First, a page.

-Mock meats: Beyond Meat, which is a faux chicken product that you could serve this to guests, and they would think you made chicken; Tofurky products, such as Italian sausage for pasta and luncheon “meats” for sandwiches; Lightlife Smart Bacon (ALWAYS have this in the house, and only 20 calories a slice) or Gimme Lean Smart Grounds (a ground “beef” product I use in tacos or pasta sauces).
-Vegan cheeses such as Tree Line, Daiya, and Follow Your Heart. I also make a lot of my own cheeses using cookbooks such as The Non-Dairy Formulary by Skye Michael Conroy, The Uncheese Cookbook by Joanne Stepaniak, and Artisan Vegan Cheese by Miyoko Schinner.
Becoming A Vegan
So you’re thinking about becoming a vegan, but you have no idea how to get started. No worries!! Getting started is easier than you think. In fact, many meals most people already eat are already vegan or can be easily veganized. Pasta and noodle dishes, burritos and other Mexican recipes, salads, Asian veggie and tofu stir-fry’s, pizza, sandwiches and wraps– all are simple to make vegan and often already are.
First thing, replace your animal-based products in your fridge with the plant based equivalents. Instead of dairy milk, buy soy, almond, coconut, cashew, help, or rice milk. (Experiment with different brands, because they do NOT all taste the same.) You can also substitute sour cream, cream cheese, mayonnaise, and cheese products with vegan versions. Tofutti, Follow Your Heart, Miyoko’s Creamery, TreeLine, Veganaise, and Just Mayo make some terrific substitutes. Butter can be easily replaced with margarine or Earth Balance vegan spreads, found in most supermarkets. Stock up on beans, legumes, hummus, tofu, and meat substitutes, but check the ingredients on the meat substitutes – you want to avoid products made with eggs or dairy! And speaking of eggs, the Vegg is a wonderful vegan egg product that tastes exactly like the real thing! You can dip toast in it and never know the difference! There is also a newer product called the Vegan Egg that is made to taste just like eggs and can be scrambled or made into omelets. Amazingly it is made of seaweed, yet tastes and looks just like eggs.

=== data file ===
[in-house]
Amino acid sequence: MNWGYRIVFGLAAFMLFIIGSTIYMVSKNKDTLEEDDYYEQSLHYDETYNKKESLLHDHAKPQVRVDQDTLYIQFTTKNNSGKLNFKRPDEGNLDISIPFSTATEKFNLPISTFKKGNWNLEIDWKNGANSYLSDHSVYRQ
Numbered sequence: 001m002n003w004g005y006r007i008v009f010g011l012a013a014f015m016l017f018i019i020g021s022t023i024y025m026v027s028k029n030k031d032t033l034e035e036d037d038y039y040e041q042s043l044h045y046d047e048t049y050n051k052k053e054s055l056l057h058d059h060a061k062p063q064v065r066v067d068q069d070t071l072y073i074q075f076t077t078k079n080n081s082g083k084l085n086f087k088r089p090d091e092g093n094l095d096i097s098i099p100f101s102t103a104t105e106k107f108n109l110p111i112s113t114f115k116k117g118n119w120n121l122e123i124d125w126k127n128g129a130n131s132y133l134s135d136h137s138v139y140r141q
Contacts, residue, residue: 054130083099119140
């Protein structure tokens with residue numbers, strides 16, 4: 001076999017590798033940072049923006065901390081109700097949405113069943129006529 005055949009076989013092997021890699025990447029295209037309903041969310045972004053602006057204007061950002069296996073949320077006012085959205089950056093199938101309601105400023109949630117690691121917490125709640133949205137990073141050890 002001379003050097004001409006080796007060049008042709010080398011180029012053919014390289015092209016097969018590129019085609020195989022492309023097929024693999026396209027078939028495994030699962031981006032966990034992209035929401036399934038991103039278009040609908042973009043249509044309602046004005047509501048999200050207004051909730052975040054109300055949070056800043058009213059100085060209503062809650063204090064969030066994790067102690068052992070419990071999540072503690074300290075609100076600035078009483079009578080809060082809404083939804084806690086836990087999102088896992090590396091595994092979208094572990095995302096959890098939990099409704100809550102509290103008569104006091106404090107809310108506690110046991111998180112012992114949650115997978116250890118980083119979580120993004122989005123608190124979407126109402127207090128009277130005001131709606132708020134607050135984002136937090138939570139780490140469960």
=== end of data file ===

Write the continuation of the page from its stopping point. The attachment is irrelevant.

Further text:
There are many resources to help you get started. Start with the Vegetarian Starter Kit, published by the Physicians Committee for Responsible Medicine. You can read it and download it for free here:
You can either go vegan all at once like I did or, if you find it easier to ease into it, try that. For instance, if you can have a glass of almond milk and not miss the dairy version, but must have half and half in your coffee, take those individual steps. Although Silk Creamers are a fantastic vegan creamer for your coffee (one thing about almond milk – it does not work well as a coffee creamer).
Or perhaps make a deal with yourself to be vegan two out of three meals a day, or five out of seven days a week. Every step you take will benefit your health and the environment around you, and save the lives of animals, so every step matters!!